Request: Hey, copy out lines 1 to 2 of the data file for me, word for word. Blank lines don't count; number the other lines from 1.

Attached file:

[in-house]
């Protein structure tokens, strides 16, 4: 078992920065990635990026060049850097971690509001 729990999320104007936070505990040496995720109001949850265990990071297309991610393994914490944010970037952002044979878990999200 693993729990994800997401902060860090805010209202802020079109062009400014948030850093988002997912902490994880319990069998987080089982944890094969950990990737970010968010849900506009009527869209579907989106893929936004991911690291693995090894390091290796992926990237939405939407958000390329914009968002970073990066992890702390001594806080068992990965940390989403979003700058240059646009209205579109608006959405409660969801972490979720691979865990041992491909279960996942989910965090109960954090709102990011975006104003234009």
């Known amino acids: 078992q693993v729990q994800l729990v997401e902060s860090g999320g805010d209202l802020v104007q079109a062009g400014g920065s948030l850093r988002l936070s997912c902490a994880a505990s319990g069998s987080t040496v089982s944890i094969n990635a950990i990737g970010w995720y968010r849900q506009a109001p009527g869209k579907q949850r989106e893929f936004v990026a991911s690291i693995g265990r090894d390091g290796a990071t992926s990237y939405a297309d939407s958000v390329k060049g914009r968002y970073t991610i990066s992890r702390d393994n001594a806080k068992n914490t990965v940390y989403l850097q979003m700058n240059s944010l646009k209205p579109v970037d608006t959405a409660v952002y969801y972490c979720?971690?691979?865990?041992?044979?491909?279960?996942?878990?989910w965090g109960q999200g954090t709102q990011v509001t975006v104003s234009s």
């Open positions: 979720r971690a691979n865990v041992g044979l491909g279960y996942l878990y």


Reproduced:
[in-house]
């Protein structure tokens, strides 16, 4: 078992920065990635990026060049850097971690509001 729990999320104007936070505990040496995720109001949850265990990071297309991610393994914490944010970037952002044979878990999200 693993729990994800997401902060860090805010209202802020079109062009400014948030850093988002997912902490994880319990069998987080089982944890094969950990990737970010968010849900506009009527869209579907989106893929936004991911690291693995090894390091290796992926990237939405939407958000390329914009968002970073990066992890702390001594806080068992990965940390989403979003700058240059646009209205579109608006959405409660969801972490979720691979865990041992491909279960996942989910965090109960954090709102990011975006104003234009």